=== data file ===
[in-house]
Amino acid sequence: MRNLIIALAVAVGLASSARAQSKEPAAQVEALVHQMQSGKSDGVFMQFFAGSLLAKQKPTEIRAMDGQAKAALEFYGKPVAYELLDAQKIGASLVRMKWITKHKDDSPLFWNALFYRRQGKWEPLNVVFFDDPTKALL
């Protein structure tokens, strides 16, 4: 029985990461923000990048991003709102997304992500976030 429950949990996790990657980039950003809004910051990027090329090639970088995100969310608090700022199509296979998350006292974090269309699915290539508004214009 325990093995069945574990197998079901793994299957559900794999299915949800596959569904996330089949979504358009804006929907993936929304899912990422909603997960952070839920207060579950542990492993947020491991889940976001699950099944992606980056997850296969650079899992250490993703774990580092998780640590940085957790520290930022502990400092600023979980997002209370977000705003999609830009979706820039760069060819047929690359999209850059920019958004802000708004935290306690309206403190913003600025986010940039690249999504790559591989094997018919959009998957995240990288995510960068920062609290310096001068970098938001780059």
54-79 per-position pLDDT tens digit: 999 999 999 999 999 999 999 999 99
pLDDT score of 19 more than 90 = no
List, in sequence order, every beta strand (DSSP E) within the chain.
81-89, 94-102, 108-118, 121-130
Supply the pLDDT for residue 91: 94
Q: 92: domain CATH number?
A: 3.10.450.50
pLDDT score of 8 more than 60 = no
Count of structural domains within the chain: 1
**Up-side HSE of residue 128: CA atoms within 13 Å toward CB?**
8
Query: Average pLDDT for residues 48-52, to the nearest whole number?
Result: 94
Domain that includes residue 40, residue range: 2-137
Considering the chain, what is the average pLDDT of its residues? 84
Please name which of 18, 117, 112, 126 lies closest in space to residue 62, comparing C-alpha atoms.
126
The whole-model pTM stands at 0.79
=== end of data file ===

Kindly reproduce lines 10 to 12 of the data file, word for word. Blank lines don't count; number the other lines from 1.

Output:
A: 3.10.450.50
pLDDT score of 8 more than 60 = no
Count of structural domains within the chain: 1